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Seize the A-Day

More people than ever before will be reviewing their protection in April 2006.

The protection market is about to be given a real opportunity to grab the nation’s attention. On A-Day next year, there will be any number of journalists telling their listeners, viewers and readers to think about the products we sell. What a tremendous and rare opportunity the offering of tax relief on life insurance should be.

All the providers I know are thinking very hard as to how the market will look on April 6 and beyond. Those thinking of entering the market have a unique clean-sheet opportunity. Those with substantial books need to devise a strategy to hold on to them while gaining as many new sales as they can fairly.

The opportunity is obvious. There will be more people reviewing their protection in the middle of next year than ever before and, if properly advised, people tend to spend more on things when they are tax-deductible. What a great chance to grow a market and get people better protected. Any opportunity carries a consequent threat and it is clear that a great many customers will be best advised to change their present life policy for a tax-efficient policy.

The best way of avoiding good consumer advice leading to a “churn” of one’s existing policies to those of predatory newcomers must be to market to one’s existing customers a simpler switching mechanism that allows the premiums and risk to remain with you because it is easier than moving. Provided this is competitively priced, it will satisfy most consumers, who want to be tax-efficient, to save money and keep life easy.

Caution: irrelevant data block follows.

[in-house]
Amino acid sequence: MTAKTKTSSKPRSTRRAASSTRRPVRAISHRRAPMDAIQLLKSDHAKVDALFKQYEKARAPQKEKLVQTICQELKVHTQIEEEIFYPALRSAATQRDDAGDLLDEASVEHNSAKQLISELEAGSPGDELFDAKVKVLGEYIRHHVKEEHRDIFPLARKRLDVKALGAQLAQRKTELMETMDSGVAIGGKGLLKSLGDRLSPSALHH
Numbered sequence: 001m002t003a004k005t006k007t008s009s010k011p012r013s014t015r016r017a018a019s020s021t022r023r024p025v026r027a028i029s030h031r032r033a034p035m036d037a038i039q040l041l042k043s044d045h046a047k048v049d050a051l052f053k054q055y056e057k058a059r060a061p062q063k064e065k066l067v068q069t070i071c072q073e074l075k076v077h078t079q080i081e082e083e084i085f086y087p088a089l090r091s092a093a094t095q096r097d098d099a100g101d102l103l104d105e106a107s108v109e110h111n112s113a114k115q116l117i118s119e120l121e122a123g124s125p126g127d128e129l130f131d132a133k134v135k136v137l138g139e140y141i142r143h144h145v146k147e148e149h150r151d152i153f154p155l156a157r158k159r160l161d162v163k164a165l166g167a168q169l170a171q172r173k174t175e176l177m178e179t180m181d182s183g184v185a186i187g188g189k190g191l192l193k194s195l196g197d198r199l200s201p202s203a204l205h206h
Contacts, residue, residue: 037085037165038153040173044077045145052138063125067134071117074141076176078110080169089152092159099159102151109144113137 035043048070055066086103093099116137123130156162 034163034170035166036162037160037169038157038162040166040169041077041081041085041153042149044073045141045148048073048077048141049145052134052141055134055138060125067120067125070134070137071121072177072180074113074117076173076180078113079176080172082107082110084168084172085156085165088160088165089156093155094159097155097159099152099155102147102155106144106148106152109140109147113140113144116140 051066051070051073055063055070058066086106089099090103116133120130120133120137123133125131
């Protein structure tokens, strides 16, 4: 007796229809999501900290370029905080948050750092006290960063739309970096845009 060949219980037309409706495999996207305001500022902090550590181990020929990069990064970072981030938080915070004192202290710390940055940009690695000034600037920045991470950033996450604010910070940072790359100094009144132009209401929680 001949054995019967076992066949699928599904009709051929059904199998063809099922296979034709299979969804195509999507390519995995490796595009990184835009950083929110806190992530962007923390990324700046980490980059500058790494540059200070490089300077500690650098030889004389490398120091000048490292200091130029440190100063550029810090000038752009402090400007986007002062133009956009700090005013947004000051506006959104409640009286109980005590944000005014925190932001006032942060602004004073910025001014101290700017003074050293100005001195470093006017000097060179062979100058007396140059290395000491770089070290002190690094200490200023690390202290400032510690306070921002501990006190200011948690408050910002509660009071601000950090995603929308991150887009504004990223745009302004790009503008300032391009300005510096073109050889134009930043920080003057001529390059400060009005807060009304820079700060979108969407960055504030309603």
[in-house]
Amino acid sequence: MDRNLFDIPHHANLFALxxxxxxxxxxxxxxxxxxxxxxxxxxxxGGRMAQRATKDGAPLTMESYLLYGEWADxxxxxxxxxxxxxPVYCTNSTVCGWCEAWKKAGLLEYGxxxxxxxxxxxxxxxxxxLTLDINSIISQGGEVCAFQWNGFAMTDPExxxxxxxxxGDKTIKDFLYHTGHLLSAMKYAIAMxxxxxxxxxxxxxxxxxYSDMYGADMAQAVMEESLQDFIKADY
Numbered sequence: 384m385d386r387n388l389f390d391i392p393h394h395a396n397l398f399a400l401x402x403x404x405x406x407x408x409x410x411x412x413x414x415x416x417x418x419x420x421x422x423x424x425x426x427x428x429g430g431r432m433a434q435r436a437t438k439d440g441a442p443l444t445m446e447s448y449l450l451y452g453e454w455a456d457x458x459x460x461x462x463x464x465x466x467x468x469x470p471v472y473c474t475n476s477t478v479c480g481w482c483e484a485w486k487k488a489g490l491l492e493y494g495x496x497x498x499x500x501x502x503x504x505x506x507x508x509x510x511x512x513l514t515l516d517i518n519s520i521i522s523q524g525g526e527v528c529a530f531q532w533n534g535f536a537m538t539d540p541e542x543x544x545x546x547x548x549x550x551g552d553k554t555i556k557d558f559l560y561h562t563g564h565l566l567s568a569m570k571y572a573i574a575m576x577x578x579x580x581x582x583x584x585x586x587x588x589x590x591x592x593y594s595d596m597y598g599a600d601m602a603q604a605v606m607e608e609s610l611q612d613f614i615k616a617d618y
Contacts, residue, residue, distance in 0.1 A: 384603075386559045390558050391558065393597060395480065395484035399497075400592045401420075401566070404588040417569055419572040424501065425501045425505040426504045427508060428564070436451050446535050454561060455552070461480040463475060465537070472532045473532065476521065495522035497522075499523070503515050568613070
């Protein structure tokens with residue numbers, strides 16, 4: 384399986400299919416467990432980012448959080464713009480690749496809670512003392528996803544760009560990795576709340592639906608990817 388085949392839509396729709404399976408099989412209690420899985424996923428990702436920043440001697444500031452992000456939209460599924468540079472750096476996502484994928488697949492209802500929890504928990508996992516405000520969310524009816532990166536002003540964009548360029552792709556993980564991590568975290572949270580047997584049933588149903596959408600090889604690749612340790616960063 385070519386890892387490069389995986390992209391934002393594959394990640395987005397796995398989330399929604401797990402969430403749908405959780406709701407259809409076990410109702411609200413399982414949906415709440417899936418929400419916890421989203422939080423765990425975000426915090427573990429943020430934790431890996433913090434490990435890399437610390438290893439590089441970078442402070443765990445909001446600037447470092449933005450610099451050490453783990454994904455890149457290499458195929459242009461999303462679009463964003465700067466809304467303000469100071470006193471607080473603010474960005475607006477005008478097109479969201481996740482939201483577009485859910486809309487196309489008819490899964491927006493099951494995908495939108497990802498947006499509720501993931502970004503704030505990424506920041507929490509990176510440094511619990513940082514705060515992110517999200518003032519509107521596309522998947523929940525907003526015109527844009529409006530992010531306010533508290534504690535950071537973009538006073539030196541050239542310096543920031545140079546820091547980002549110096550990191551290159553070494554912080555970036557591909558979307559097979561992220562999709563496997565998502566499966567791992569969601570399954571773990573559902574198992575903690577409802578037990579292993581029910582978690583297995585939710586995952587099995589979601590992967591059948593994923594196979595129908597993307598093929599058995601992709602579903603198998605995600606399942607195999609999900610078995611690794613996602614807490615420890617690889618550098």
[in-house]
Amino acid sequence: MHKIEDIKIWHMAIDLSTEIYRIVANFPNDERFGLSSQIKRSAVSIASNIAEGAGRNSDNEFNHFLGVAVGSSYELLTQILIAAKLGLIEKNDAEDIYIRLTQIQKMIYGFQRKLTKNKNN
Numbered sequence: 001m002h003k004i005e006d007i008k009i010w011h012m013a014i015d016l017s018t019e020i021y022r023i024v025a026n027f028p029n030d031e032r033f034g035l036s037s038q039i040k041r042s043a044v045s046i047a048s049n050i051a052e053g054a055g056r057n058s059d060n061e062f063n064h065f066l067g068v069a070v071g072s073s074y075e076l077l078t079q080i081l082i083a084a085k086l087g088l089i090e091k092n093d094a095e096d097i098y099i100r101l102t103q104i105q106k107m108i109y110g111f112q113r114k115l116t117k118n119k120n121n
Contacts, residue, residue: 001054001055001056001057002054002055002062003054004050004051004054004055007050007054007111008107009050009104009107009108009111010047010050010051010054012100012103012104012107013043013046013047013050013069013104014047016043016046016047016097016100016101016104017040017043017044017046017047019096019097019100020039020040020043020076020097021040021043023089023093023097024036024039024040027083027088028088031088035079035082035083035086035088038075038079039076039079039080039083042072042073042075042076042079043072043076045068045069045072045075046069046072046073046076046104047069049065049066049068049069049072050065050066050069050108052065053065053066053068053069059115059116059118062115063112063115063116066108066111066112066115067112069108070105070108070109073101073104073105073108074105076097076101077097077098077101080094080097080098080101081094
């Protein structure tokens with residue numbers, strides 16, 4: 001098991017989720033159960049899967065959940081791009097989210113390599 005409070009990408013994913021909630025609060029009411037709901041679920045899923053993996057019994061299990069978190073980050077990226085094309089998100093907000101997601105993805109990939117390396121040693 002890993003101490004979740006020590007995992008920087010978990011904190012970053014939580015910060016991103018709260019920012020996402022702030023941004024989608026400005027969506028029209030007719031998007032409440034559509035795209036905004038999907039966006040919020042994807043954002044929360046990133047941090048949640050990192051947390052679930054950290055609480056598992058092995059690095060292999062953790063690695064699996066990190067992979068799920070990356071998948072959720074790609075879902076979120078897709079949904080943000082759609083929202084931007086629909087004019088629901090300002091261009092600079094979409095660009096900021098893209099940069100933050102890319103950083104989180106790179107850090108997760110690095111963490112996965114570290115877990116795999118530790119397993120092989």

I have had it confirmed that this is legally and technically possible for providers to achieve. Advisers should be provided with the tools to facilitate this with their customers wherever they deem it appropriate. Provided the terms and size of the risk are not changing, the end-result for the provider is that the premium to you need only go up slightly while the premium to them falls. A perfect result.

I do not expect good advisers to deem price the major issue here. Simplicity of achieving a tax saving, quality of service and certainty of cover seem to me to be the primary issues.

At the provider-reinsurer treaty level, it is, I am told, a lot harder. Existing books have multiple treaties and new business often comes under yet further treaties. Each of these needs to be renegotiated to allow tax-deductible premiums. But bearing in mind that all parties want the premium flows to continue, it must be possible, even in the brief time that the Treasury has allowed us, to renegotiate these. Even if the job is only partially done, those policyholders governed by the renegotiated treaties can be made the offer, thus reducing the scale of the risk proportionately.

This is a real test of providers’ and reinsurers’ will to treat customers fairly and fight for business using advice and process quality rather than price. It also gives all a real chance to back advice and thus increase the size, quality and persistency of their book of risk. Advisers have, in truth, little confidence that providers will achieve this and master the IT issues in time but we live in hope.

In the end, advisers will do what is best for each customer. It is up to the providers to make that what they each want it to be.

By the way, can someone come up with a better name than pension term assurance. It has nothing really to do with pensions.

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